Sweetener xylitol toxic to dogs, FDA warns

The U.S. Food and Drug Administration has warned dog owners that xylitol, a sweetener used in sugarless gum, mints, toothpaste and even baked goods, is toxic to their pets.

Low-calorie sweetener used in mints, toothpaste, baked goods can kill dogs

If a dog consumes sugarless gum or other foods sweetened with xylitol, its health is at risk. The U.S. FDA has warned the artificial sweetener is toxic to dogs. (William Mathis/Associated Press)

Keep your dog away from your pack of sugarless gum — it could be deadly.

The U.S. Food and Drug Administration has warned dog owners that xylitol, a sweetener used in sugarless gum, mints, toothpaste and even baked goods, is toxic to their pets.

Dogs who ingest xylitol are at risk of hypoglycemia and, if they eat enough, seizures and liver failure, the FDA said in a consumer alert issued Thursday.

Xylitol, sometimes known by its brand name Xyla, is a sugar alcohol, a substance that occurs naturally in berries, plums, corn, oats, mushrooms, lettuce and some trees. Increasingly, it is being used a sugar substitute because it is as sweet as sucrose, without the calories.
Xylitol is increasingly used in products such as sugarless gum, baked goods, mouthwash, toothpaste and mints. (CBC)

Health Canada approved the use of xylitol as a natural health product more than 10 years ago and it is safe for humans to eat.

In humans, xylitol does not trigger the release of insulin by the pancreas and blood sugar is not affected, but in dogs, it causes a release of insulin and blood sugar can become dangerously low.

Act fast if dog eats xylitol

​If a dog eats something that contains xylitol, it's time to go to the vet, the FDA warns.

Toronto Emergency Veterinary Hospital urges "fast and aggressive" treatment by a vet in any case of xylitol poisoning. Take the package of whatever the dog ate with you, so the vet can assess the amount of xylitol ingested, it advises.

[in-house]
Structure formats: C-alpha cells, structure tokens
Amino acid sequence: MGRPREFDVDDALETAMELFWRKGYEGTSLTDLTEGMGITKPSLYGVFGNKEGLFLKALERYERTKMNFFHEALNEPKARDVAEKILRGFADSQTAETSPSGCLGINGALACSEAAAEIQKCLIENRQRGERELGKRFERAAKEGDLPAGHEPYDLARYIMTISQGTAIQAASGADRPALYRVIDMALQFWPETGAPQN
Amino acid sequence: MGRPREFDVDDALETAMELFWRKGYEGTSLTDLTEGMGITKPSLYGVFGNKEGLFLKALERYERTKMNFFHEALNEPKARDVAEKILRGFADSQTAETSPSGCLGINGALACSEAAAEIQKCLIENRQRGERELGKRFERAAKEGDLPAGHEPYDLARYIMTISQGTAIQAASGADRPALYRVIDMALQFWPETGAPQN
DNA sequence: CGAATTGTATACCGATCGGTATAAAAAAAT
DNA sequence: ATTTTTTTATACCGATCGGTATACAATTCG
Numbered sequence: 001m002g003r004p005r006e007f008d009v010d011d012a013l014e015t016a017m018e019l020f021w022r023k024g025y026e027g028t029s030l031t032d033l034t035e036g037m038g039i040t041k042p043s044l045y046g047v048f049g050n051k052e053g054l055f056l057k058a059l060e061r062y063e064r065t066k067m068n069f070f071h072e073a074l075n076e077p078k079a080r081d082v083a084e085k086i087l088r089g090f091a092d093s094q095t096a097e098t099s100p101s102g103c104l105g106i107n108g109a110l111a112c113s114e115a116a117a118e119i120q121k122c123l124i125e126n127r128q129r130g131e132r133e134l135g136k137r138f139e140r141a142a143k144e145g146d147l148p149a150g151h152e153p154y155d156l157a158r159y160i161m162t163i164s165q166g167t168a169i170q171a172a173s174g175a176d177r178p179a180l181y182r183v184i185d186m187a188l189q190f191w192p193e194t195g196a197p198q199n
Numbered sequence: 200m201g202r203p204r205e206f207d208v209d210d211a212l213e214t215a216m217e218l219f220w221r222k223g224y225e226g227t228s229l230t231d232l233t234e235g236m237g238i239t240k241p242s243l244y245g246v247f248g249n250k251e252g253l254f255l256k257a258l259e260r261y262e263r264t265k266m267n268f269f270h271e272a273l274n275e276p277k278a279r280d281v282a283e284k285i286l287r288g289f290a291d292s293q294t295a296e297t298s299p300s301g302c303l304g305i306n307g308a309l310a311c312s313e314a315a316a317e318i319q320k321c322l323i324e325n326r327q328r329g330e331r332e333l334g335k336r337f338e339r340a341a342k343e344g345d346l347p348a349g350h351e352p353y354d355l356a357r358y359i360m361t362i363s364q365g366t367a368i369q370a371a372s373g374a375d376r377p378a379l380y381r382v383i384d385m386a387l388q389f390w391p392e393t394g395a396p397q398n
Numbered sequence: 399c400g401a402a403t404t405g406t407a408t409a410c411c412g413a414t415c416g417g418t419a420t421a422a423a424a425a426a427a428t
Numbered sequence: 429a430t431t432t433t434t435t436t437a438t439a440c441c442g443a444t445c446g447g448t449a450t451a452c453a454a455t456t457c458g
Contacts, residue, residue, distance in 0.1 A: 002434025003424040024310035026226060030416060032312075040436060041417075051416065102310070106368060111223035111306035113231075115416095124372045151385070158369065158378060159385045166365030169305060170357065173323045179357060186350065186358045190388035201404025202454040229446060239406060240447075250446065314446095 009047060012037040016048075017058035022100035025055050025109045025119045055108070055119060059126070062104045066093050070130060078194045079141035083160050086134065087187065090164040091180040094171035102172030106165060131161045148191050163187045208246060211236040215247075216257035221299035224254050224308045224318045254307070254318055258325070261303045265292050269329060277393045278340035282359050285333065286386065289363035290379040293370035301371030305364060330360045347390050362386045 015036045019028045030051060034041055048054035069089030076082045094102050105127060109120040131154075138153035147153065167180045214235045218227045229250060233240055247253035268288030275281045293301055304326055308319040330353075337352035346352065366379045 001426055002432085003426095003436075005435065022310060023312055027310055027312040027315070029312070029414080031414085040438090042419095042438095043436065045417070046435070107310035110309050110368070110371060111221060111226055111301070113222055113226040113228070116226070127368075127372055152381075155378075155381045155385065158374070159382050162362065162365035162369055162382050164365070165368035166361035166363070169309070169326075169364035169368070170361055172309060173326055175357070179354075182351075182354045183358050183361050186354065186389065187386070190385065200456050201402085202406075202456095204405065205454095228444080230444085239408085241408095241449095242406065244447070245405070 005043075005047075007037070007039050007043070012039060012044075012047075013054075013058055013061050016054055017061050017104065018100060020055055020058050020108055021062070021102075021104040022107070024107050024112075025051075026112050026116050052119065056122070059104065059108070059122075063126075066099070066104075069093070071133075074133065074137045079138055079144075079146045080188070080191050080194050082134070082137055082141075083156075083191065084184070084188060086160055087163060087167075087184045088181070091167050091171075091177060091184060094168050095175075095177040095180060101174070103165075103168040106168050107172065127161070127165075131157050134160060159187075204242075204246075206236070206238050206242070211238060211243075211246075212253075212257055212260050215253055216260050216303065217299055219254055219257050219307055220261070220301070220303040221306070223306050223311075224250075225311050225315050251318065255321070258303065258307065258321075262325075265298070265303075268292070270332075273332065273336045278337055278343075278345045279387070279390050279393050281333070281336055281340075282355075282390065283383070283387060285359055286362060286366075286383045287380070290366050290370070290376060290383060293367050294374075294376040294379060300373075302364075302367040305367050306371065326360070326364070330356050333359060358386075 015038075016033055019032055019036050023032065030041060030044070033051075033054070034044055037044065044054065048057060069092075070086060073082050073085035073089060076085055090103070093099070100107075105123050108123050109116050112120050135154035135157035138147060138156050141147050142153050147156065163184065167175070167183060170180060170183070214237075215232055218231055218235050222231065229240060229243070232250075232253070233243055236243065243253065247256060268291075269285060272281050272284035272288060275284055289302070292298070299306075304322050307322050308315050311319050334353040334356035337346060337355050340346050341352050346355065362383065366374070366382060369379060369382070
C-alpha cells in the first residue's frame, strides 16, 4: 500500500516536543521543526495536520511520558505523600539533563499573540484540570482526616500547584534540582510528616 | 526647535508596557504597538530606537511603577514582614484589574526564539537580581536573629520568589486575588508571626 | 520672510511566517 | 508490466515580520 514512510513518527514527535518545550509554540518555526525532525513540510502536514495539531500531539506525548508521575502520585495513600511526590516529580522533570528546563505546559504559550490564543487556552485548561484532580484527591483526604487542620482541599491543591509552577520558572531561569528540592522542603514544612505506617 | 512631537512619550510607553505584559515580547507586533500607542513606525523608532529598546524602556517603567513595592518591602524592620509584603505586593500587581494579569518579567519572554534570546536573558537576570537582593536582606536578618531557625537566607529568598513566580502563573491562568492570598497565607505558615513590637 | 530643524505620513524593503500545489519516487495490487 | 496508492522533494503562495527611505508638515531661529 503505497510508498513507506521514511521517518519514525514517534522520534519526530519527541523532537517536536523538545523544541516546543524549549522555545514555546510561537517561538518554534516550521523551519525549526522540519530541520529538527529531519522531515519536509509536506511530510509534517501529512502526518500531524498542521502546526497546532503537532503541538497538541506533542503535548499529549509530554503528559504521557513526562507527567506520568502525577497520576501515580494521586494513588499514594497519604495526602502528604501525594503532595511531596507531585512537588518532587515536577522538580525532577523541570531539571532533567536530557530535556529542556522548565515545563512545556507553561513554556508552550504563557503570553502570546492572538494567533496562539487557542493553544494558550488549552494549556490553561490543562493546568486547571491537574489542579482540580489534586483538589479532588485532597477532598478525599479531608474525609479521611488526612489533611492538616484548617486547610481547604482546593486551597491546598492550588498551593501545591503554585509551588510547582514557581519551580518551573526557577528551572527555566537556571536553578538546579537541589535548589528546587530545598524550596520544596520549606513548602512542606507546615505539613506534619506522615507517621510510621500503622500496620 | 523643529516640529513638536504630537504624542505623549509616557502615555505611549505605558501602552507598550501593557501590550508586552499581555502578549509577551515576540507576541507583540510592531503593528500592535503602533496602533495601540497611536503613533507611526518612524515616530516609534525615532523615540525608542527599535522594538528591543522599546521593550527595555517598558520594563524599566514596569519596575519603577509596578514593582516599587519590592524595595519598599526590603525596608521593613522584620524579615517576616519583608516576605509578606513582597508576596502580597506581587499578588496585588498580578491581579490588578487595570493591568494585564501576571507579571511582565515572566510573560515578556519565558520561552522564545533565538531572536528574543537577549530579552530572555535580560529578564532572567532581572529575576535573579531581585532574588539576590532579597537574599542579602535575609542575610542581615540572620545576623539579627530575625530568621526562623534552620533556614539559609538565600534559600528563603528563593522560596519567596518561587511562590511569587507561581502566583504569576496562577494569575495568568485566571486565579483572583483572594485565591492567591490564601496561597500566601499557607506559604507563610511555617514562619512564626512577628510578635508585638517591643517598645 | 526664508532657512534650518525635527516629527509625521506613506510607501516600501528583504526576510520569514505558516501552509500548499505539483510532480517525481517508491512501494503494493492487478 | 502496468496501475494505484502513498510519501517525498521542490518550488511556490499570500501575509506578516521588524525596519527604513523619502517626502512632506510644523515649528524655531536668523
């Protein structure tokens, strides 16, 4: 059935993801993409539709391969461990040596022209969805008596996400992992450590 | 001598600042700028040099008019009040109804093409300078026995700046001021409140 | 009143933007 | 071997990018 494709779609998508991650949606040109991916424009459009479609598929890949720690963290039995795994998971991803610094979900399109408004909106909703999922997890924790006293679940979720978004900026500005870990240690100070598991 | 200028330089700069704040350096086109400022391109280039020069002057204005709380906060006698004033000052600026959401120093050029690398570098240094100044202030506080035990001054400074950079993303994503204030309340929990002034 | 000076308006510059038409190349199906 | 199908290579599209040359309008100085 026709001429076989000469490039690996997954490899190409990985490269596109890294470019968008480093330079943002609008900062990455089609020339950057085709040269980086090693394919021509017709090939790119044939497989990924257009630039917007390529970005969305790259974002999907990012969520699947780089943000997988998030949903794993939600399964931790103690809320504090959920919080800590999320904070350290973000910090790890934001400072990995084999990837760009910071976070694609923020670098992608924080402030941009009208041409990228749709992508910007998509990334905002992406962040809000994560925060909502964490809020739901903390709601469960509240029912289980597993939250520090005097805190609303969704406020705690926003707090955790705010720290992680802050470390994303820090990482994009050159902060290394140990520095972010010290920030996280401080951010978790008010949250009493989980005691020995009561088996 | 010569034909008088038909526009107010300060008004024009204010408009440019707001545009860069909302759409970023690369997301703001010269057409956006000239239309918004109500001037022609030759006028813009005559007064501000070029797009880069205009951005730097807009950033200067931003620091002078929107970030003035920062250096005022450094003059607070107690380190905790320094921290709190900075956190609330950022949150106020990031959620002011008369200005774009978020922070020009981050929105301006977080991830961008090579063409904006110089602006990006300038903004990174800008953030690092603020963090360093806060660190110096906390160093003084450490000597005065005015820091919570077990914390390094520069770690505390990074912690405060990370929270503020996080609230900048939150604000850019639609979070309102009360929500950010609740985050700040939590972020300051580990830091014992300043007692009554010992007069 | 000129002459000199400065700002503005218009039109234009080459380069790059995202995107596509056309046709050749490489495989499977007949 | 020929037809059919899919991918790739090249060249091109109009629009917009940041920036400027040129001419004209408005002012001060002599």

According to the veterinary hospital, symptoms will develop within 15 to 30 minutes and include:

  • Vomiting.
  • Weakness.
  • Unco-ordination or difficulty walking or standing.
  • Depression or lethargy.
  • Tremors.
  • Seizures.
  • Coma.

A vet will test the dog's blood sugar levels before treating, but can prevent liver failure if the dog gets treatment early enough, says an advisory sheet written by Toronto veterinarian Norm Nasser.

The most common cases of xylitol poisoning of dogs involved sugarless gum, but the sweetener has become more popular in recent years and is being used in numerous products, the FDA reported.

The toxicity of xylitol to cats has not yet been tested, the FDA added, but cats are less likely to chew on foods that are sweet.


To encourage thoughtful and respectful conversations, first and last names will appear with each submission to CBC/Radio-Canada's online communities (except in children and youth-oriented communities). Pseudonyms will no longer be permitted.

By submitting a comment, you accept that CBC has the right to reproduce and publish that comment in whole or in part, in any manner CBC chooses. Please note that CBC does not endorse the opinions expressed in comments. Comments on this story are moderated according to our Submission Guidelines. Comments are welcome while open. We reserve the right to close comments at any time.

Become a CBC Member

Join the conversation  Create account

Already have an account?